Jazz, film, and improvised culture.
Blood and Ties: Her Father’s Voice
so-called “Hwaseong Murders” were South Korea’s first recorded serial killings,
but the statute of limitations expired before the murderer was uncovered. The case’s impact can still be discerned in
Korean cinema’s fascination with serial killers and the ticking prosecutorial
clock. Bong Joon-ho’s Memories of Murder was transparently
based on the Hwaseong killings and it is easy to see its influence on Jung Byoung-gil's Confession of Murder. The notorious crimes also directly inspired
Kook Dong-seok’s Blood and Ties (trailer here), which opens this
Friday in Los Angeles.
Da-eun’s working class father Soon-man never had much, but he made sure she
never lacked for anything. Now a grown adult, she still lives at home with the ever
dedicated single parent. All her grad school friends adore dear old dad too,
but after watching a lurid new documentary, they cannot help noticing how similar
his voice sounds to that of a notorious child abductor. The unknown perpetrator was only recorded
during a brief ransom call, but he even uses one the senior Jung’s favorite
confused and suspicious, Jung’s daughter starts poking around. The sudden
appearance of Shim Yoon-young further amplifies her anxiety. He is obviously an unsavory character, but
seems to share some murky history with her father. As the media trumpets the imminent expiration
of the statute of limitations, Jung Da-eun struggles with her doubts and
B&T is a wicked high
concept thriller with ample opportunity for high tragedy, but it does not guard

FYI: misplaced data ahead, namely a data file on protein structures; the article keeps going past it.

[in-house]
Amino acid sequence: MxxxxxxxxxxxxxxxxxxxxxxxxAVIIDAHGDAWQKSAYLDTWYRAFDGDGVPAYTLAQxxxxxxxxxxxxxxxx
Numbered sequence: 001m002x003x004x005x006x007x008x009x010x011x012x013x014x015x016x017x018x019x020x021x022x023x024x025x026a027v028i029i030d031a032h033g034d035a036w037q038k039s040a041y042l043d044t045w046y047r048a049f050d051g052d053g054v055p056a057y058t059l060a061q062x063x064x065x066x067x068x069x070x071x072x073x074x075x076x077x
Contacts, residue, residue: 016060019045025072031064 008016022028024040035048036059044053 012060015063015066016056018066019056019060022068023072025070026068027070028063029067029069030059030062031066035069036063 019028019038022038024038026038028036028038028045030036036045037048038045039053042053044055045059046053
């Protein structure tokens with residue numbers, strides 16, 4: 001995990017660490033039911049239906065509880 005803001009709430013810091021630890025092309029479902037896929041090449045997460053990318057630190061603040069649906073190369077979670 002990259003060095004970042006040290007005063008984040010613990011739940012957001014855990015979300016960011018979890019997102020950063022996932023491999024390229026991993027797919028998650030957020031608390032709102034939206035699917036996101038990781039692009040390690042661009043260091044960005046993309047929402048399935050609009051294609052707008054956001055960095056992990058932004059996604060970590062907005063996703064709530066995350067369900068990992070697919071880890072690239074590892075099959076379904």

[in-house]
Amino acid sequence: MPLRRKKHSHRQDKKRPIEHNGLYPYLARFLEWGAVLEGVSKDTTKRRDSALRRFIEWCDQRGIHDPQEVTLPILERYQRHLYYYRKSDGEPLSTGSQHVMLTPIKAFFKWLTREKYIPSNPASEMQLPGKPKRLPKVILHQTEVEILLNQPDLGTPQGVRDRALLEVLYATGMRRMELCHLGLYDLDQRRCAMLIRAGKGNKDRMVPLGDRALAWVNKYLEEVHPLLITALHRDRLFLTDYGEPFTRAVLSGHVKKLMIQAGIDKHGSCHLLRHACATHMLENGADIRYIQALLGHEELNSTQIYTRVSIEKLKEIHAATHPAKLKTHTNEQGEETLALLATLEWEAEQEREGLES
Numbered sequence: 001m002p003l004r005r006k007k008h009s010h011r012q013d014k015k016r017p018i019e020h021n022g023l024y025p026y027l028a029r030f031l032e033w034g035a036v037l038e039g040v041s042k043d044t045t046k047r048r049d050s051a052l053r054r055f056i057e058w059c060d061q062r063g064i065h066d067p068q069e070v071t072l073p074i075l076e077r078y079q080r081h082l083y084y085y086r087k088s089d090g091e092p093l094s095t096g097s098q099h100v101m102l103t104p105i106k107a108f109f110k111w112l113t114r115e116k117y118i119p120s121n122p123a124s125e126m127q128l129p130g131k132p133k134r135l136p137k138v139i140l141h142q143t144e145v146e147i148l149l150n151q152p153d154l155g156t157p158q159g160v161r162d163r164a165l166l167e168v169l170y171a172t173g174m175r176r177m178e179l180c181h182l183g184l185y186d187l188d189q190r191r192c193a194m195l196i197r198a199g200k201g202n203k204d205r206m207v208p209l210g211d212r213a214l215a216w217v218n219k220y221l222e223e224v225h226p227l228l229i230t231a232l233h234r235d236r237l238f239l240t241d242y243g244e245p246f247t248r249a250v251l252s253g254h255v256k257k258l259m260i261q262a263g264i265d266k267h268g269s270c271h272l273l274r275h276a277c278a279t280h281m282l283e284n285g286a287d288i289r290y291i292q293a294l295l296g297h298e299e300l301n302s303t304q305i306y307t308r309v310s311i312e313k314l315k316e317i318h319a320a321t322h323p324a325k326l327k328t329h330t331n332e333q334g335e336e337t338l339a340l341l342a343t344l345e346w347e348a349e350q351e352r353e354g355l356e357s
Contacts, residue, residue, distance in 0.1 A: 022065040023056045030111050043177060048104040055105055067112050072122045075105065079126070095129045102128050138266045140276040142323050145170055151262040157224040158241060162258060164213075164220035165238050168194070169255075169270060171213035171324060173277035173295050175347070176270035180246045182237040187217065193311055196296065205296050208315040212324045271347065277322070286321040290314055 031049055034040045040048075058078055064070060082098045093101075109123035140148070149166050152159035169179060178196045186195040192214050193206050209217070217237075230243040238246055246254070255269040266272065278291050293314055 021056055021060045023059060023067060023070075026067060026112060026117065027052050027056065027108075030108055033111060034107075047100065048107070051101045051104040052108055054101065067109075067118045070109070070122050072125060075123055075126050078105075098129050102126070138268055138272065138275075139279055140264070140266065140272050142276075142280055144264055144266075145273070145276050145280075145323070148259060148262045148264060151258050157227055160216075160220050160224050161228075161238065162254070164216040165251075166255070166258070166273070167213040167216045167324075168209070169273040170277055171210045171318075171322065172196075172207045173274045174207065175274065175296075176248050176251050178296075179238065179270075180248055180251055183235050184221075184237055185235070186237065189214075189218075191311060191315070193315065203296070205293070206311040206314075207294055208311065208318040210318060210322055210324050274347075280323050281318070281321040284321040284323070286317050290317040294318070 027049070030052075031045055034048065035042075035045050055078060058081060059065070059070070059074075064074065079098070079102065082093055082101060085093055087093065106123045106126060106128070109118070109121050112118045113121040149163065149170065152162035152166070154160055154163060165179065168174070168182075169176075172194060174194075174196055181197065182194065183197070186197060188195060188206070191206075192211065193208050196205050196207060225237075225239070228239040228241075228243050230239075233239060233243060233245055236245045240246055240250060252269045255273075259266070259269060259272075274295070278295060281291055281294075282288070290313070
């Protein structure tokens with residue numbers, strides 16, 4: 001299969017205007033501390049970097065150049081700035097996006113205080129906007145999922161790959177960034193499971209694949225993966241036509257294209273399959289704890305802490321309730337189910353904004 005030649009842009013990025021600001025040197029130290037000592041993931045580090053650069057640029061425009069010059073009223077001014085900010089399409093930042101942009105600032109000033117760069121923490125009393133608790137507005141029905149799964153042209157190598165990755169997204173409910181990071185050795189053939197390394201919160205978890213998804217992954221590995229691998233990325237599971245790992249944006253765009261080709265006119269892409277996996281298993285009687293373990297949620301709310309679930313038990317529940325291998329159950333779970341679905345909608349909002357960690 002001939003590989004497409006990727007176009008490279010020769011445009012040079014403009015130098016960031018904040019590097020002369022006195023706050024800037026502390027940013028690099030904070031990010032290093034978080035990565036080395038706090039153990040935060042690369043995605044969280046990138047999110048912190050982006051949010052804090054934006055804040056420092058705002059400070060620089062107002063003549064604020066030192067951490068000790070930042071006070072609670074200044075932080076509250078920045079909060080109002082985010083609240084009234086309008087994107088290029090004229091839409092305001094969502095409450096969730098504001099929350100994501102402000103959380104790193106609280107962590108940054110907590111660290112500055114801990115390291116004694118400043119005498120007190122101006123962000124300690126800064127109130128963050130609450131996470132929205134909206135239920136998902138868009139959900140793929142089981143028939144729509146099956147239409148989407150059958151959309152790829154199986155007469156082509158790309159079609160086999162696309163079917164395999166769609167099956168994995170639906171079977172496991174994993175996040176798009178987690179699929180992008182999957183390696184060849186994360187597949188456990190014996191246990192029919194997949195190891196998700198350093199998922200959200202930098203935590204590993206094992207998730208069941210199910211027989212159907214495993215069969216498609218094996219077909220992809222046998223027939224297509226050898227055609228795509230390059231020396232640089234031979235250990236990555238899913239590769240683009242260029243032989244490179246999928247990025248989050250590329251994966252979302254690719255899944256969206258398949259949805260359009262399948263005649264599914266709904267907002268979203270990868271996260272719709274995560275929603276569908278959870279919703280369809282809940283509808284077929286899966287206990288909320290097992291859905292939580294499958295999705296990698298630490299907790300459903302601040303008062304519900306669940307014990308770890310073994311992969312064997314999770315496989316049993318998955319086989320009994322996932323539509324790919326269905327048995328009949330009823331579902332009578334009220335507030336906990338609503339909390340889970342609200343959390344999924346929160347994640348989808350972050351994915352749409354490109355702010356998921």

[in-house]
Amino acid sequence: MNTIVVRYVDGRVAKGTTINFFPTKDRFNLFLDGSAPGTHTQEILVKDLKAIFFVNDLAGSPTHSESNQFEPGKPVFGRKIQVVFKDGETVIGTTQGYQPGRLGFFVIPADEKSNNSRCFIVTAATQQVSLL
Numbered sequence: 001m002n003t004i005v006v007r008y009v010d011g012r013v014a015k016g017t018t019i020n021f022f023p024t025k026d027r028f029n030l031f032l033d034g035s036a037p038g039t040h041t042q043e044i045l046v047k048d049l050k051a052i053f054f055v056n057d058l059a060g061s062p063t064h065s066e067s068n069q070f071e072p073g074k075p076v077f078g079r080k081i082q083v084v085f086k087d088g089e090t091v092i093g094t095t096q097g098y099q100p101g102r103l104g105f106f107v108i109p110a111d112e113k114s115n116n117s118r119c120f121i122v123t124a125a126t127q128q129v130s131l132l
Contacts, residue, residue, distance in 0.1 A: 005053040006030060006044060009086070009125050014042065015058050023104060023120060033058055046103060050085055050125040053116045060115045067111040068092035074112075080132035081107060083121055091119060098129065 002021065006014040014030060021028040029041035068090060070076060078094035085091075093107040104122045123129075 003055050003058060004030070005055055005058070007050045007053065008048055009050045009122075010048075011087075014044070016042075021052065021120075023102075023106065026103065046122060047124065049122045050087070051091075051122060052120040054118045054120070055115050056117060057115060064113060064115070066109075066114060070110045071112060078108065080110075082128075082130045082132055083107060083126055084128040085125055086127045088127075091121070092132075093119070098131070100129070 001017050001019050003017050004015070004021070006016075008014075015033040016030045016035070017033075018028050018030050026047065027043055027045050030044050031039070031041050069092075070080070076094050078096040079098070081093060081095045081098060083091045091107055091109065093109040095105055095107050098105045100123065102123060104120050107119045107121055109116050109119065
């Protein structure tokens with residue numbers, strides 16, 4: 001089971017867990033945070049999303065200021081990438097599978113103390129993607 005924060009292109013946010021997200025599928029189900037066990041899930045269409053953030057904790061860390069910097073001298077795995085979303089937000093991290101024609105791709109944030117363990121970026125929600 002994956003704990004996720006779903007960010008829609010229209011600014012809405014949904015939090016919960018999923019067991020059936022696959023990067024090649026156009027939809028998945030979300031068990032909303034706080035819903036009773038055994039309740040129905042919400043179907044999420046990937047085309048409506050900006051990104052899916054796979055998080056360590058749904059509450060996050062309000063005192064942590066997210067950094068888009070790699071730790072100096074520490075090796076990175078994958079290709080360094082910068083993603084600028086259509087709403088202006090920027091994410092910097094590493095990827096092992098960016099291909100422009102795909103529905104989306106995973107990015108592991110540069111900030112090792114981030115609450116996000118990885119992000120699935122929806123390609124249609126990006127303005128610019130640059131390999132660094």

its secret closely enough. The set-up is
downright sinister and the top-shelf primary cast maintains the intensity, but
viewers will always have a pretty good idea where it is all headed.
Ye-jin comes apart at the emotional seams quite convincingly as Da-eun, but it
is Kim Kap-soo who commands the film as her father. Somehow he projects steely malevolence and
pained sensitivity simultaneously, thereby providing both sides of his
character’s Rorschach. Without Kim’s
perfectly modulated performance, B&T would
not work to any extent. While the
supporting cast is mostly adequate, Lim Hyung-joon is also distinctly slimy as
the all kinds of bad news Shim.
Based on a story by Kook’s mentor, filmmaker
Park Jin-pyo, B&T taps into some
deep-seated anxieties, but it is driven by the work of Kim, Son, and Li. Recommended for thriller fans looking for a
blend of Mary Higgins Clark and James Patterson, Blood and Ties opens this Friday (11/1) at the CGV Theater in Los
Angeles and next Friday (11/8) at AMC Bay Terrace in Flushing, Queens.
Labels: Korean Cinema